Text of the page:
Kehar Singh vs. Union of India 1989
Author : Sandeep Rana
Case Name : Kehar Singh vs. Union of India 1989
1989 AIR 653, 1988 SCR Supl. (3) 1102
· PATHAK, R.S. (CJ)
· VENKATARAMIAH, E.S. (J)
· MISRA RANGNATH
· VENKATACHALLIAH, M.N. (J)
· OJHA, N.D. (J)
In India, the President and the Governor of states have the power to grant pardon (under article 72 and 161 of the constitution of India) to a person convicted of any offense. Only the President has the power to grant pardons, remission, or to commute in cases of a death sentence when it is satisfied that the person convict of an offense is innocent and there has been a miscarriage of justice or doubtful conviction. it would be guarded by the council of ministers. Whether this power is subject to judicial review or not has always been a debatable question.
ISSUE AND FACTS OF LAW
- Whether there is justification for the views that the president has the power to hear on the merits of the case when the case has already been decided by SC?
- To what areas does the power of the president to scrutinize extend?
- Whether the petitioner is entitled to oral hearing from the president in his petition under Article 72?
- Whether the President’s power to grant pardon can be subjected to judicial review?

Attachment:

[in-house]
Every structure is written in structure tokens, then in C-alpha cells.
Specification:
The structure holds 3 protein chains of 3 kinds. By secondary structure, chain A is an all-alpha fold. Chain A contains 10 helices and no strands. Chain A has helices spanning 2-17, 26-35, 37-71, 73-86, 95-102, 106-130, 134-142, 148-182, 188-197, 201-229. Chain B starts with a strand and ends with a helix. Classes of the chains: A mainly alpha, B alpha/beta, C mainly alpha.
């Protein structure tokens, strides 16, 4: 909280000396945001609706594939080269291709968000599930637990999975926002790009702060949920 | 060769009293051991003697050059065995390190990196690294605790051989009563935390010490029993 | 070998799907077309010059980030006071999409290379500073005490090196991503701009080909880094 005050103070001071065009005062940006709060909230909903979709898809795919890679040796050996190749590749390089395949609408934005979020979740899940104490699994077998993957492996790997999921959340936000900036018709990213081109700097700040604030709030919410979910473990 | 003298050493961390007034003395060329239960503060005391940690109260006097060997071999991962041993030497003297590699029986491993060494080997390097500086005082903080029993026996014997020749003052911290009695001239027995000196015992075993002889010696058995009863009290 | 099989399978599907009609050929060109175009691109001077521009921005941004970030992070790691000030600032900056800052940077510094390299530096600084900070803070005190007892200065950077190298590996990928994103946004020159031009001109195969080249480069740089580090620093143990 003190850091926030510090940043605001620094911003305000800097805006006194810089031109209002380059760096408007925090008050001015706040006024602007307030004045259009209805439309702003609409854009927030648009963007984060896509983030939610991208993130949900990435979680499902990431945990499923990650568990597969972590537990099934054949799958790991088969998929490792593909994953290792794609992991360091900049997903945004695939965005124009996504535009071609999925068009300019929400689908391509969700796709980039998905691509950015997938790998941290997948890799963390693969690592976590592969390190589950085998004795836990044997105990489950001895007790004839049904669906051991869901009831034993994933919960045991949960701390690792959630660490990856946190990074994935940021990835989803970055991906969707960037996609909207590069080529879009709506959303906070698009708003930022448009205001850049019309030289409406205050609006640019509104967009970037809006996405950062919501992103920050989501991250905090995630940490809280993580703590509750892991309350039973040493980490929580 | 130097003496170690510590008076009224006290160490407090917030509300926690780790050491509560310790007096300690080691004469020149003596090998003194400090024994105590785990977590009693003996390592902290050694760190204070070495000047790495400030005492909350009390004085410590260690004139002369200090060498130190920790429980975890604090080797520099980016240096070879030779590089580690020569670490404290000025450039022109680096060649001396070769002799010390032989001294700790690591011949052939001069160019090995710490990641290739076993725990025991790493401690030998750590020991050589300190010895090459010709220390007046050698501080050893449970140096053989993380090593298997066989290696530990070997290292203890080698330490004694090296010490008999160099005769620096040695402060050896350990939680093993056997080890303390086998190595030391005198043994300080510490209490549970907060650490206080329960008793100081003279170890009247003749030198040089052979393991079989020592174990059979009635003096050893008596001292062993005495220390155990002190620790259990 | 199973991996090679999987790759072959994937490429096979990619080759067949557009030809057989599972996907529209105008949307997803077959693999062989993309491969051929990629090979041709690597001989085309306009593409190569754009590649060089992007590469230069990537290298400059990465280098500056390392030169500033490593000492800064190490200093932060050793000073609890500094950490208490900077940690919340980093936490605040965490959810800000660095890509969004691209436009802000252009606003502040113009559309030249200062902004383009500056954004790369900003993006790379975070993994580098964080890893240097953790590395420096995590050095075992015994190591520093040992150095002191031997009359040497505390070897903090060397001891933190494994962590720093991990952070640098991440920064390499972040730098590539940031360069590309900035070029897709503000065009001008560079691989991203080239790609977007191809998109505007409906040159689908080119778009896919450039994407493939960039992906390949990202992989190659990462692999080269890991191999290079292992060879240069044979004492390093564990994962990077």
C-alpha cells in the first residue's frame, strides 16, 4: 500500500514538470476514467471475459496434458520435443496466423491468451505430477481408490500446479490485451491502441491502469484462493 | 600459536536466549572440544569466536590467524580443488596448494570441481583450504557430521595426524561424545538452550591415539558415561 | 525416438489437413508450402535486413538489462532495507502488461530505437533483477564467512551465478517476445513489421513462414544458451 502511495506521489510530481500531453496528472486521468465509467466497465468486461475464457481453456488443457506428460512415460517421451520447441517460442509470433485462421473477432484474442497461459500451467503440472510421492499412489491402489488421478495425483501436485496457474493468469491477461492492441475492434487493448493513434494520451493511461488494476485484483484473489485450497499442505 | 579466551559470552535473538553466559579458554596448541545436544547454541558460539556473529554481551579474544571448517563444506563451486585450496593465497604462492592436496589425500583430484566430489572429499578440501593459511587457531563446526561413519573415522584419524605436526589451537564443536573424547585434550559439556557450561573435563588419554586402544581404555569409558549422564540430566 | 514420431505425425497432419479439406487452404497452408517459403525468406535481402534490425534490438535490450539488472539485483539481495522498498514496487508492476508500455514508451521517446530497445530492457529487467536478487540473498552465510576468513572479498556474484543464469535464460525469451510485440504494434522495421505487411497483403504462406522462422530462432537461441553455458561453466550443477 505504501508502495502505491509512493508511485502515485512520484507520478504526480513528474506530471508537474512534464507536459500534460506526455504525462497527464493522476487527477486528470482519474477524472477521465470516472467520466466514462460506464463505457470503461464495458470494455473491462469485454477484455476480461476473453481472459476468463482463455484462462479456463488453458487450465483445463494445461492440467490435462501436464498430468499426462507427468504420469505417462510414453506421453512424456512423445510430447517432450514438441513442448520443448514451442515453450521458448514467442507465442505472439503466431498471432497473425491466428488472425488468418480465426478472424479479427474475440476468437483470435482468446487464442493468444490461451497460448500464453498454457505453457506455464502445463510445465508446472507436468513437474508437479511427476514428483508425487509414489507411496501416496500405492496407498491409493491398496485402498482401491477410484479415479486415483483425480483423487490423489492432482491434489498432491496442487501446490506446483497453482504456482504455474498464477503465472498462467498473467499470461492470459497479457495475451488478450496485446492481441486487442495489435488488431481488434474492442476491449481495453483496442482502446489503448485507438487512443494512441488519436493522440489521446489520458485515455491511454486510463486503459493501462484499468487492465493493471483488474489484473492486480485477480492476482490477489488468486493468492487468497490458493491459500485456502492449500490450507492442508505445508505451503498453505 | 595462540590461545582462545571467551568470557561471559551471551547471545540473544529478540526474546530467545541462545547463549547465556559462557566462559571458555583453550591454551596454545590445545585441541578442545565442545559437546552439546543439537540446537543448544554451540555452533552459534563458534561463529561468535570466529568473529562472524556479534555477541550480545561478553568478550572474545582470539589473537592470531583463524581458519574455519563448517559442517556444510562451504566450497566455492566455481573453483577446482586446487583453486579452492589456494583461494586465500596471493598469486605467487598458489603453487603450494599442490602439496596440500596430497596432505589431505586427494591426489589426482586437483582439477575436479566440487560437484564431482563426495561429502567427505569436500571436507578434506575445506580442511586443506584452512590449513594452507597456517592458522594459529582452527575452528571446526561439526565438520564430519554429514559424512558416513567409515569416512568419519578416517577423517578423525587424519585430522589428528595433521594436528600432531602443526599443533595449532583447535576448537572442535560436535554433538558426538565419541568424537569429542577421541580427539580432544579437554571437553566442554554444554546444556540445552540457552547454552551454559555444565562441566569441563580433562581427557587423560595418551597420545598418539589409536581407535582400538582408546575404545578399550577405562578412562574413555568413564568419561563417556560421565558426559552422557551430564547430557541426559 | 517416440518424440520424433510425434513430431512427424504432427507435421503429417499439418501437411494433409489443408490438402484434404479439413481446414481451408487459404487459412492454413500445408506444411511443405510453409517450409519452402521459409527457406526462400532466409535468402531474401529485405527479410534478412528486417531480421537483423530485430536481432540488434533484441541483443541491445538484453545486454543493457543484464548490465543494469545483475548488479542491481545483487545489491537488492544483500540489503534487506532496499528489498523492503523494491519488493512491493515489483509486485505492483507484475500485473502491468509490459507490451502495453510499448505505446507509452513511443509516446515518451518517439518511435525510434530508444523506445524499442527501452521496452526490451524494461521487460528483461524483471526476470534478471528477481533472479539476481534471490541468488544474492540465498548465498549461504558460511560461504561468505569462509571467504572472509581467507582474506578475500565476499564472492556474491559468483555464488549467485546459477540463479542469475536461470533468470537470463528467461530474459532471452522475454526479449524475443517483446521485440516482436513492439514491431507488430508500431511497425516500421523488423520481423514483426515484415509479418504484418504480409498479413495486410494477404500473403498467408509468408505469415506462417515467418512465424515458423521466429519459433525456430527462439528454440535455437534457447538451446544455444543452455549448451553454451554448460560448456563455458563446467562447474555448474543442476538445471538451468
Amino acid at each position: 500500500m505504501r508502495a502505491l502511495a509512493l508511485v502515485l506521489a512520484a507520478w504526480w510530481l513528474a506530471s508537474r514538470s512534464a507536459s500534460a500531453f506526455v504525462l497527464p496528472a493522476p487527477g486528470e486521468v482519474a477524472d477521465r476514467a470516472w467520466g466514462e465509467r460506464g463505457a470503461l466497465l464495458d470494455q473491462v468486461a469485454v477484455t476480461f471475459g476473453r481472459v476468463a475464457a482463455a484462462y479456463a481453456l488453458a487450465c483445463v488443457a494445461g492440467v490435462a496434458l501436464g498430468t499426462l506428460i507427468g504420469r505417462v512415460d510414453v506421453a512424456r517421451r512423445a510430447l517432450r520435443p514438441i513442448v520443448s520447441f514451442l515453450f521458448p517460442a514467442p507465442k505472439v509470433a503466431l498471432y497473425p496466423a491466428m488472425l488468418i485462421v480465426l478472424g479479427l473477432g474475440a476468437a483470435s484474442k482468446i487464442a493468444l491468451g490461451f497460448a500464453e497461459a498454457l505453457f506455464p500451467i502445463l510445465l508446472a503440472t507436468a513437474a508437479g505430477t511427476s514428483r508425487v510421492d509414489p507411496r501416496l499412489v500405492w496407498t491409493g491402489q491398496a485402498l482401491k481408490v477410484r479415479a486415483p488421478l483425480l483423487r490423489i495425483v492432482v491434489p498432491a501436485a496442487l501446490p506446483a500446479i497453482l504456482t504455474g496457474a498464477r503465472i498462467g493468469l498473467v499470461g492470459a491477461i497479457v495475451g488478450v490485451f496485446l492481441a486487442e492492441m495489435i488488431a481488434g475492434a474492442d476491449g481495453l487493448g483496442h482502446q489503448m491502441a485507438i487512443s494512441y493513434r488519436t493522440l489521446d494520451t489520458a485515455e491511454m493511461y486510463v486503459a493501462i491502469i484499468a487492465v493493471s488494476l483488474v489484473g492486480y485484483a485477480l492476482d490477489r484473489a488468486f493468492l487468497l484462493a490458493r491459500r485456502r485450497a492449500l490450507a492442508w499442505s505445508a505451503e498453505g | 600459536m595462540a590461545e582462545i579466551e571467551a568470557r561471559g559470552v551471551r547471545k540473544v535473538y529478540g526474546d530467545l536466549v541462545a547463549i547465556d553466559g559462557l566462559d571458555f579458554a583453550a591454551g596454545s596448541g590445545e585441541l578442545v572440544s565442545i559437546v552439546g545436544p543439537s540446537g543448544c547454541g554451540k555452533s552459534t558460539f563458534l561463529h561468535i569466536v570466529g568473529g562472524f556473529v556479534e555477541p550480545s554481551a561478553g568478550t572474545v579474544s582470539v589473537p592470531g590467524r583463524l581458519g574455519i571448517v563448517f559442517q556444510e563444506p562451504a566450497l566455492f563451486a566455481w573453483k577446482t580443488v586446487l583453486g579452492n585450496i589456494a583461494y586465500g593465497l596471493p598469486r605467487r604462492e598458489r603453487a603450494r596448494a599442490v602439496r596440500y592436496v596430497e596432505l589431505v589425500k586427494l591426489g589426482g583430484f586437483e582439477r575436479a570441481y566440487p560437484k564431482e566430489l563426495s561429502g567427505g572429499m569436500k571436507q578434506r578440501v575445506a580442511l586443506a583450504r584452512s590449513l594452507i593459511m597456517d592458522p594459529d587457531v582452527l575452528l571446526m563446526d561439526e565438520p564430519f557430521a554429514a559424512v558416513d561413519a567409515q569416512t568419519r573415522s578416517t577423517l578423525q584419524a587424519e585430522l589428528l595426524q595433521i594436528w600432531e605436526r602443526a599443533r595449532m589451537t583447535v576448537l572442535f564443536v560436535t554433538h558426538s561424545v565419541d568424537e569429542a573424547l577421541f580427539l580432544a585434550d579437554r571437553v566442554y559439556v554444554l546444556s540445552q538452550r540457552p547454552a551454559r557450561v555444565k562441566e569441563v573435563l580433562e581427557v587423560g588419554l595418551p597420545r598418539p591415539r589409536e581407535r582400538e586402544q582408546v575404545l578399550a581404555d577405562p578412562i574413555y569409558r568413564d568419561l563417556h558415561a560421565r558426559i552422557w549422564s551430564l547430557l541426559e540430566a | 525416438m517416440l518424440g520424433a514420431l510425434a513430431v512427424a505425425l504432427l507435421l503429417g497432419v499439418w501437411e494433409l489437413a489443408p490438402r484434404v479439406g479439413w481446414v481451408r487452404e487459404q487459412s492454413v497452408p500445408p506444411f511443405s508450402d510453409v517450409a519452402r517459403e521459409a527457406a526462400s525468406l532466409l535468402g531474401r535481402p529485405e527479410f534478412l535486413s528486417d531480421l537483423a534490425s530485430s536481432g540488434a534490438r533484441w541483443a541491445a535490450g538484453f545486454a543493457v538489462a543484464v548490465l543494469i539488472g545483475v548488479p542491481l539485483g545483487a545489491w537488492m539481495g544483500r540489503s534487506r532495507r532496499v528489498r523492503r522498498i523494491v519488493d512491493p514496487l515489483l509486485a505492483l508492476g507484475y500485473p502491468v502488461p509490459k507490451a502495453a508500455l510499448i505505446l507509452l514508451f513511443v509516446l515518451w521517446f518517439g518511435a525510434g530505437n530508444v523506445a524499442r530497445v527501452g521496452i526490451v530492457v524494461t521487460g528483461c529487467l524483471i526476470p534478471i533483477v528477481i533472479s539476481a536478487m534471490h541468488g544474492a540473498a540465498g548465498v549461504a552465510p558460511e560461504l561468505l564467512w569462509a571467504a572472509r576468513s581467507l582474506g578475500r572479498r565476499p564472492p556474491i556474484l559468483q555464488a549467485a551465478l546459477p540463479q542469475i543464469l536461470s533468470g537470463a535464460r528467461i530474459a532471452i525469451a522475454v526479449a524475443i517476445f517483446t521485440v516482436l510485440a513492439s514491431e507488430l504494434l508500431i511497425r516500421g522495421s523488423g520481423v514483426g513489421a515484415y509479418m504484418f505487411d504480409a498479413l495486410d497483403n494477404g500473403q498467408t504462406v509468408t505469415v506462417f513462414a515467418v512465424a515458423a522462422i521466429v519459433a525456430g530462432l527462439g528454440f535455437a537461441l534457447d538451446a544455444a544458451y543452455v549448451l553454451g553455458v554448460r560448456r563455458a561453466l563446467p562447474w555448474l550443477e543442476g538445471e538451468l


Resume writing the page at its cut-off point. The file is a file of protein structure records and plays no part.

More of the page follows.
In the facts of the case, it is stated that Kehar Singh was convicted of an offense under Section 120 read with Section 302 of IPC relating to the assassination of Smt. Indira Gandhi and awarded the death sentence by an additional session judge, New Delhi.
His appeal was dismissed by HC. After that special leave petition and review petition was also dismissed by the Supreme Court. His son presented a petition to the President of India granting pardon to Kehar Singh under Article 72 of the constitution.
The President also rejected the petition under Article 72 and on the next day, in order to prevent the respondents from executing a death sentence, a petition was filed before Delhi HC and later on dismissed. Subsequently, A special leave petition filed was (Under Article 32) before SC.
- The court laid down that the order of the president cannot be subjected to judicial review on his merits except within the strict limitations defined in the Maru Ram case.
- The President has the power to scrutinize the evidence on the record of the criminal case, but cannot amend, modify, or supersede the judicial record.
- It has been the great significance of exercising the Pardoning Power of the President being exclusive of administrative nature as it corrects the errors of the judiciary.
- There is no right in the condemned person to insist on an oral hearing before the President and the manner of consideration of the petition lies within the discretion of the President.
- It has also been held that the President’s power to grant pardon is an act of grace, it cannot be claimed as a matter of right.